The California Department of Education has recently awarded San Diego State University and the Sweetwater Union High School District one of five $1.28 million California Mathematics Readiness Challenge Initiative (CMRCI) grants. The goal of the CMRCI program is to is to provide indepth professional learning opportunities for collaborative teams of secondary educators, their schoolsite administrator, and faculty from their partner institution(s) of higher education to support the implementation and evaluation of grade 12 experiences that are designed to prepare pupils for placement into collegelevel courses in mathematics. San Diego State and Sweetwater are using the grant to design and implement a discrete mathematics course for high school seniors. The project builds on the existing infrastructure of the SDSUSweetwater Compact for Success, and this work provides a structure for faculty and teachers to collaborate around designing a course to better prepare prospective students. The new curriculum will be used in Sweetwater’s Discrete Math classes during the 201718 school year.
Principal Investigator, Dr. Osvaldo “Ovie” Soto, is a 17year veteran high school teacher and a graduate of the SDSUUCSD doctoral program in mathematics education. Soto also has an MS in Mathematics from SDSU. Since completing his doctoral studies, Dr. Soto has dedicated his career to the improvement of mathematics instruction in the San Diego region by mentoring over 50 secondary math teachers through Math for America San Diego’s Master Teacher Fellowship Program. Professors Randy Philipp (School of Teacher Education) and Bill Zahner (Mathematics and Statistics Department), of SDSU’s Center for Mathematics and Science Education, are the grant’s CoPIs. Sweetwater’s Assistant Superintendent Ana Maria Alvarez is the grant’s CoPI at the district, and she is assisted by Roman Del Rosario, the Executive Director of Curriculum and Instruction. Professors Mike O’Sullivan (Mathematics and Statistics Dept. Chair) and Vadim Ponomarenko (Department of Mathematics), are supporting the grant’s teachers as consultants. This was made possible through the support of College of Sciences Dean Stanley Maloy and College of Education Dean Joe Johnson.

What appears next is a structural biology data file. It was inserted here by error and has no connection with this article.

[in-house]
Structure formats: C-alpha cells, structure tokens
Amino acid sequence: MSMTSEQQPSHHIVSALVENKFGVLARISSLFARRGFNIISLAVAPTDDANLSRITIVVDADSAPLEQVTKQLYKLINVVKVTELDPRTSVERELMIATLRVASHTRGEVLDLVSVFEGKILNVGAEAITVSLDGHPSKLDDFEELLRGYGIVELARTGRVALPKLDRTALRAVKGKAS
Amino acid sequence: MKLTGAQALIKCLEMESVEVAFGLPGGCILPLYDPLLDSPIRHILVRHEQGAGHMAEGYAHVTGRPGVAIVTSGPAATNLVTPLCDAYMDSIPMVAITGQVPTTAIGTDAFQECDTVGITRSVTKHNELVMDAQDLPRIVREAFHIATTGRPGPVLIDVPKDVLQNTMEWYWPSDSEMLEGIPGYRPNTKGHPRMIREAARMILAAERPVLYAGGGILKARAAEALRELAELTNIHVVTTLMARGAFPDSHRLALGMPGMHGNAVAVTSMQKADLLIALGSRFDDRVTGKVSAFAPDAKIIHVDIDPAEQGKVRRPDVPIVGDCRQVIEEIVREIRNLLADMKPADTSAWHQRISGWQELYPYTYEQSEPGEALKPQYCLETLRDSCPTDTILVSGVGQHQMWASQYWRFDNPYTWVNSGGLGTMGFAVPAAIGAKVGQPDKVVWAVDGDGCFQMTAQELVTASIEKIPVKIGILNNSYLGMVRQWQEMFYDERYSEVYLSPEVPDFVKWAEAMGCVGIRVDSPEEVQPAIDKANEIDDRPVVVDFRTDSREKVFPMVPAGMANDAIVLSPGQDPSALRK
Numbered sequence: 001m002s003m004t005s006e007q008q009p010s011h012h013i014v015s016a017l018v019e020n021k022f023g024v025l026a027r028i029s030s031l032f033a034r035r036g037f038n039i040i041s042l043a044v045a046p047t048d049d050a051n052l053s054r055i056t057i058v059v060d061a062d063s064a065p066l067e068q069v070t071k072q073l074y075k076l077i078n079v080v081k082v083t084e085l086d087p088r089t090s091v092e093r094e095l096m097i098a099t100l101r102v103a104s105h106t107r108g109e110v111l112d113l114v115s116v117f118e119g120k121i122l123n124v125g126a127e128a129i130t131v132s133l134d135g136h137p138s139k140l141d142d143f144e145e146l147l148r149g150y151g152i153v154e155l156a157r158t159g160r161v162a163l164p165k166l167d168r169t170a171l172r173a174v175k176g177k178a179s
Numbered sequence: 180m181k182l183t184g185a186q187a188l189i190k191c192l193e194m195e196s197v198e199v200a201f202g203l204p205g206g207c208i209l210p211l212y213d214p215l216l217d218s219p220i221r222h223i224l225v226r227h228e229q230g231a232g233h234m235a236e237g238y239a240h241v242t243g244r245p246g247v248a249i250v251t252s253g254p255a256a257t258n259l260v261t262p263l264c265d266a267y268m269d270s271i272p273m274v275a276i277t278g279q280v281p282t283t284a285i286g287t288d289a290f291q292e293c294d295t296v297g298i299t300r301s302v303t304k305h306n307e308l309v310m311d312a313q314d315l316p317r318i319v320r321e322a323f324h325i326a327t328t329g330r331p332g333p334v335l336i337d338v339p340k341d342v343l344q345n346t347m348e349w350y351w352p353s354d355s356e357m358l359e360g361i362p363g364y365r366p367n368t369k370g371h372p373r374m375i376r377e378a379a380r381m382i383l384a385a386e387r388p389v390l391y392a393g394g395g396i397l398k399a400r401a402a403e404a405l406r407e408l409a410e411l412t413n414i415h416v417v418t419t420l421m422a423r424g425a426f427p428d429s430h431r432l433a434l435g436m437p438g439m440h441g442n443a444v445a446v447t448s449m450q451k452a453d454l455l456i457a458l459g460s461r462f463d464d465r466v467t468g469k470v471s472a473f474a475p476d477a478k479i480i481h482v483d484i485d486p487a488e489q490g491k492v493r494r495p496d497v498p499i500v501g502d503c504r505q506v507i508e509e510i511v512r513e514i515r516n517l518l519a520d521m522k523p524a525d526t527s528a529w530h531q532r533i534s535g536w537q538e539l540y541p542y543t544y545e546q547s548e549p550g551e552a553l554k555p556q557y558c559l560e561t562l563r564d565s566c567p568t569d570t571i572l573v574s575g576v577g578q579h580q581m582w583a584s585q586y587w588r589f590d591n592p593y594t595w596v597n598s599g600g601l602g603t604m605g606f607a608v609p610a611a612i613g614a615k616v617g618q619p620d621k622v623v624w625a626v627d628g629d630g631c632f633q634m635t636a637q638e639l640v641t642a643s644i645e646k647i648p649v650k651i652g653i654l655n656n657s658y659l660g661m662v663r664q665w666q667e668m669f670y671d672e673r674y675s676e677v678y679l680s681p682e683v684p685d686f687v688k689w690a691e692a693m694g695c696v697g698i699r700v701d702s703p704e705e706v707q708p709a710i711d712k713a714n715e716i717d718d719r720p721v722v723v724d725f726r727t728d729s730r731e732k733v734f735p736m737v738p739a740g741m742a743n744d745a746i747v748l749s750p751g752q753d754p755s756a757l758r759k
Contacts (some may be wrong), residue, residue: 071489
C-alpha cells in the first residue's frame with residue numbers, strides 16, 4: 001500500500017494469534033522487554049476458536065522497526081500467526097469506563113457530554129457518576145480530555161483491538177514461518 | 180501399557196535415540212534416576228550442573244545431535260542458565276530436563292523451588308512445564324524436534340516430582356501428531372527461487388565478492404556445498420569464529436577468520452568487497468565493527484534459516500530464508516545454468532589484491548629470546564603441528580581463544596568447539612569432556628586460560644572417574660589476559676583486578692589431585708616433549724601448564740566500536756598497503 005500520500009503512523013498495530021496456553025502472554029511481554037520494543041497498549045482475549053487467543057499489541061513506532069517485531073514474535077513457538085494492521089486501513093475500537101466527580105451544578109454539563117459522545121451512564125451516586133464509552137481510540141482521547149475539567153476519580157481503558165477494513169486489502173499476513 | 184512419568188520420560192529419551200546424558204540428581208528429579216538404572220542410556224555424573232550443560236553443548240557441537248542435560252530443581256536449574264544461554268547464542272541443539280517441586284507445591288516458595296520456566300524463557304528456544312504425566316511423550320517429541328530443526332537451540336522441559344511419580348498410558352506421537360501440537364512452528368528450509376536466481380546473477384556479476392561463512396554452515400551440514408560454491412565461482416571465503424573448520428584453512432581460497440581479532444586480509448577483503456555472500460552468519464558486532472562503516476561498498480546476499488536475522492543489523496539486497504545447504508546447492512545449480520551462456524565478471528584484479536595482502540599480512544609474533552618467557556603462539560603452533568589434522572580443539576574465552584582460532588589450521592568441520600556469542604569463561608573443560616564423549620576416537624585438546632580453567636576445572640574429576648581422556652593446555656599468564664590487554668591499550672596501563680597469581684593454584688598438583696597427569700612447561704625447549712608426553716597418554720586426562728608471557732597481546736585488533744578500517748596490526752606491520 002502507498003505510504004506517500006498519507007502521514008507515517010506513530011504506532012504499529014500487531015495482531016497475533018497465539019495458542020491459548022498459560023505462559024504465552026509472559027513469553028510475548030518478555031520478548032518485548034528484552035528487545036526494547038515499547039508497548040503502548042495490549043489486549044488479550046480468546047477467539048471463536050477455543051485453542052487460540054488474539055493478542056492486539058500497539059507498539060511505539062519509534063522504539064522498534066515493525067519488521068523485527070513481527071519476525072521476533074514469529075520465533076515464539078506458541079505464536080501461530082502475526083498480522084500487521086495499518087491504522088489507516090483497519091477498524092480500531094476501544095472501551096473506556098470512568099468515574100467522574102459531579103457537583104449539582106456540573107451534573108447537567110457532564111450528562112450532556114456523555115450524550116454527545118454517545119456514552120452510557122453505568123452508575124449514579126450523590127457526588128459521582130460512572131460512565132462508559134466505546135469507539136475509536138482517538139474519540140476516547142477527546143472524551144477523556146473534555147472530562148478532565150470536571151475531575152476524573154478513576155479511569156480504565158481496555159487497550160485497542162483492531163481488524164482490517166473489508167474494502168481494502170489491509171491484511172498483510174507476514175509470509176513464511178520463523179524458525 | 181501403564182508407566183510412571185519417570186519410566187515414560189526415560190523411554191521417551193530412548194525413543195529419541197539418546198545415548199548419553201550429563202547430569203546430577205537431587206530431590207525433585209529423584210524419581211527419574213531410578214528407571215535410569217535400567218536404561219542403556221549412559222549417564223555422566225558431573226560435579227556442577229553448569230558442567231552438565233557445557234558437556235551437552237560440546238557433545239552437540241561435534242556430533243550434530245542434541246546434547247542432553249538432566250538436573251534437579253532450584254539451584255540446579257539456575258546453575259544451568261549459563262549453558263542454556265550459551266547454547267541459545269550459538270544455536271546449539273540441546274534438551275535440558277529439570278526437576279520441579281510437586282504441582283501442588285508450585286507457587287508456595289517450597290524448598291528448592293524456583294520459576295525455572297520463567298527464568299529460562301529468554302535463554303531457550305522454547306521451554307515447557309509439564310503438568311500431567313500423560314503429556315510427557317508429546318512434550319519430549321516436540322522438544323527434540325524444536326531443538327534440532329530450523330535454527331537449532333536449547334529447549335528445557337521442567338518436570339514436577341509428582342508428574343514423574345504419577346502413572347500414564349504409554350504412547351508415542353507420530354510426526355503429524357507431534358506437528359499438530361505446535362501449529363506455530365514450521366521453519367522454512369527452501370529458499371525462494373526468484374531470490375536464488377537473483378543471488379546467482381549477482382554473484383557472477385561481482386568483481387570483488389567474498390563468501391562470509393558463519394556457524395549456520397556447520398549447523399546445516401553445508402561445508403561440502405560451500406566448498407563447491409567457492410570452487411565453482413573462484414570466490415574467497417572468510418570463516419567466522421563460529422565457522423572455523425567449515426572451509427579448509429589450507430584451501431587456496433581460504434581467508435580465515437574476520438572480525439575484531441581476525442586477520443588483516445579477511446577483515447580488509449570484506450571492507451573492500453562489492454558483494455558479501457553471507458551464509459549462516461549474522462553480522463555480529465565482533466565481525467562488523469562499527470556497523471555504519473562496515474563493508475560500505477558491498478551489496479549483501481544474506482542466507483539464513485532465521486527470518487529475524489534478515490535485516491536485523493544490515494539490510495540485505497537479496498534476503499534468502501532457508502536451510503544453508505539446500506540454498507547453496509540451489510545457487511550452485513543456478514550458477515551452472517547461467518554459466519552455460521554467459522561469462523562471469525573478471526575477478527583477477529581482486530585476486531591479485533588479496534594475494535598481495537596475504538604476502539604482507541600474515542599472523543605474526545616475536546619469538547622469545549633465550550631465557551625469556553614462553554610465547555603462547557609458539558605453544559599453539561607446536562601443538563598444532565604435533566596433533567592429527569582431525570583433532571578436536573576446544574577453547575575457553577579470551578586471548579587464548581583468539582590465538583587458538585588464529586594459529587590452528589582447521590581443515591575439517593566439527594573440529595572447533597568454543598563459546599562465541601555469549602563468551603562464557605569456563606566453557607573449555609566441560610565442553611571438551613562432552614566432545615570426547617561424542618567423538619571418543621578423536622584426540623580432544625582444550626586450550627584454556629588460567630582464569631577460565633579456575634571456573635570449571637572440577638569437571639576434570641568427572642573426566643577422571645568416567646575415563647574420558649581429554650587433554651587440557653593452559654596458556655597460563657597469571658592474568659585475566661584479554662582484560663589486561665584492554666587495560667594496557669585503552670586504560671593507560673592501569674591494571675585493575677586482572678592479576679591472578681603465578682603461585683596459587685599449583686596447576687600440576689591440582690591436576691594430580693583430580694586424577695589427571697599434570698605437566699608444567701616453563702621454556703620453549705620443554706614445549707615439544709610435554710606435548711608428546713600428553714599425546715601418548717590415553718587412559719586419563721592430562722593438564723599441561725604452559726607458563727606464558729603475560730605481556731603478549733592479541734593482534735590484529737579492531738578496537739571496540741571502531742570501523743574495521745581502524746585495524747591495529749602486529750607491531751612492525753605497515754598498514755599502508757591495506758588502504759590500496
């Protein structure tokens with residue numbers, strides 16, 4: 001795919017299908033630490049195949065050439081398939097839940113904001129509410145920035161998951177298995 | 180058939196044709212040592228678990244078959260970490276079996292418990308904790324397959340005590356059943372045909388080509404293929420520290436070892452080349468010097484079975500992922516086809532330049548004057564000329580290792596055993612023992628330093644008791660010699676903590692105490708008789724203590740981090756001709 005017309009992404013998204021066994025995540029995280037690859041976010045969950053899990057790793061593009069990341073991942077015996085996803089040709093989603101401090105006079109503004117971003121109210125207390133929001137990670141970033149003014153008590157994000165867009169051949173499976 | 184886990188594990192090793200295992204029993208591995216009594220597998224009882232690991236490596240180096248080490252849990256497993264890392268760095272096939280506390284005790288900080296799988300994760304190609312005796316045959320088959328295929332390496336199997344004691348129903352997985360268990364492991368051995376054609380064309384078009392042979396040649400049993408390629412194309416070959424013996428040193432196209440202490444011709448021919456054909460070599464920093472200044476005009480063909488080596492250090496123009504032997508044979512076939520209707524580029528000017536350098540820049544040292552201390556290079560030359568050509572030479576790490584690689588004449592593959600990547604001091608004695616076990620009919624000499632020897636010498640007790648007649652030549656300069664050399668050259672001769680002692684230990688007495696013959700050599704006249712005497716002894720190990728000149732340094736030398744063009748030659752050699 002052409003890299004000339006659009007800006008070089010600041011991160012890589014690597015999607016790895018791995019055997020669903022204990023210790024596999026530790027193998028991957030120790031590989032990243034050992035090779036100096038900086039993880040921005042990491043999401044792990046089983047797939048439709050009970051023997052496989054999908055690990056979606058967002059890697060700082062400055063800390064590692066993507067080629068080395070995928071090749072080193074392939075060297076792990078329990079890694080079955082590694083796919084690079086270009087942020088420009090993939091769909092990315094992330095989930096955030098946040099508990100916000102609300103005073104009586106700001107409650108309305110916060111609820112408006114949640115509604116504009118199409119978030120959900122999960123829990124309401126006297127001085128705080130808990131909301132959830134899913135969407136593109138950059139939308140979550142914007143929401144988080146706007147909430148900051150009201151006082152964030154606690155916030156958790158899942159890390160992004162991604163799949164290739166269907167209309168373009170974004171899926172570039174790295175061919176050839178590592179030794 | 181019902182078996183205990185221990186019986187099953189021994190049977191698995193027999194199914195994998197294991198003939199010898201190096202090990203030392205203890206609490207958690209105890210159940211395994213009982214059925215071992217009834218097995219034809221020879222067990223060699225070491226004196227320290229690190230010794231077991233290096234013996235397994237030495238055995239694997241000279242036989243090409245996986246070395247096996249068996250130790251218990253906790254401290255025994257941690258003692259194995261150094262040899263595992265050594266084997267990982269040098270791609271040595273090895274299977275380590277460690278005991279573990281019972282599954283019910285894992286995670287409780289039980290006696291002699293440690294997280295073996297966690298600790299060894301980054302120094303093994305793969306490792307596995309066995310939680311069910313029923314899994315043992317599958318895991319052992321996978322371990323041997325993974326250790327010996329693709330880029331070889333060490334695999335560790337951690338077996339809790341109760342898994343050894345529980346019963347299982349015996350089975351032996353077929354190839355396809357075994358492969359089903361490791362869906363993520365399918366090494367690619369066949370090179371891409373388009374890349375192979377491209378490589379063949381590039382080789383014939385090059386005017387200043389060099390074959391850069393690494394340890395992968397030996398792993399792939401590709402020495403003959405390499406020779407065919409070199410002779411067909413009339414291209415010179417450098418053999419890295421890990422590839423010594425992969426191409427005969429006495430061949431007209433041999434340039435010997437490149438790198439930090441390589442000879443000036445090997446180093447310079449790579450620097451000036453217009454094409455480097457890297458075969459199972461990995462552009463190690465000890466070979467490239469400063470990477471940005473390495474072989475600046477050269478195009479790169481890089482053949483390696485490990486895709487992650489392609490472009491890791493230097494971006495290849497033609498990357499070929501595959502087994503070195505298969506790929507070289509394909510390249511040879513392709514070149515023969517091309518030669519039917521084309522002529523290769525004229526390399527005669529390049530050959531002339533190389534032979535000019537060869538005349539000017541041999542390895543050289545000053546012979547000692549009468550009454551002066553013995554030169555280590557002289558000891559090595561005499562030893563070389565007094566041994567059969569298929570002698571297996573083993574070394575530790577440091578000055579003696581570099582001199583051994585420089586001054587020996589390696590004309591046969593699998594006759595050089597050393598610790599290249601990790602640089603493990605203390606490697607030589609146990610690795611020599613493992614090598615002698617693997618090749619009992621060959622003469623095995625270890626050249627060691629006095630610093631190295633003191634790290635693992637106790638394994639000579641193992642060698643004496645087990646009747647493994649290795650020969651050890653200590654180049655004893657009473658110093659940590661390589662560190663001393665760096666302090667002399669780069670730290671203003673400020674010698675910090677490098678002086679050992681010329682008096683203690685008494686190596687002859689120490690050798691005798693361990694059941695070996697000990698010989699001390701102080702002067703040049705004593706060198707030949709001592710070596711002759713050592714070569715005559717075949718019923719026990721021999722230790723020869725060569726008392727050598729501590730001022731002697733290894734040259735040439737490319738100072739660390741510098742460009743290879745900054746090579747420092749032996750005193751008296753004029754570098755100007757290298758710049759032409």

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Layman’s abstract: Funding: 
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A significant contribution of the work will be connecting the research on mathematics learning generally with research on mathematics learning of English language learners. In addition to advancing theoretical understandings, the research will also contribute practical resources and guidance for mathematics teachers who teach English language learners.
The Faculty Early Career Development (CAREER) program is a National Science Foundation (NSF)wide activity that offers awards in support of junior faculty who exemplify the role of teacherscholars through outstanding research, excellent education, and the integration of education and research within the context of the mission of their organizations.
Zahner’s abstract is available on the NSF website below.
http://www.nsf.gov/awardsearch/showAward?AWD_ID=1553708&HistoricalAwards=false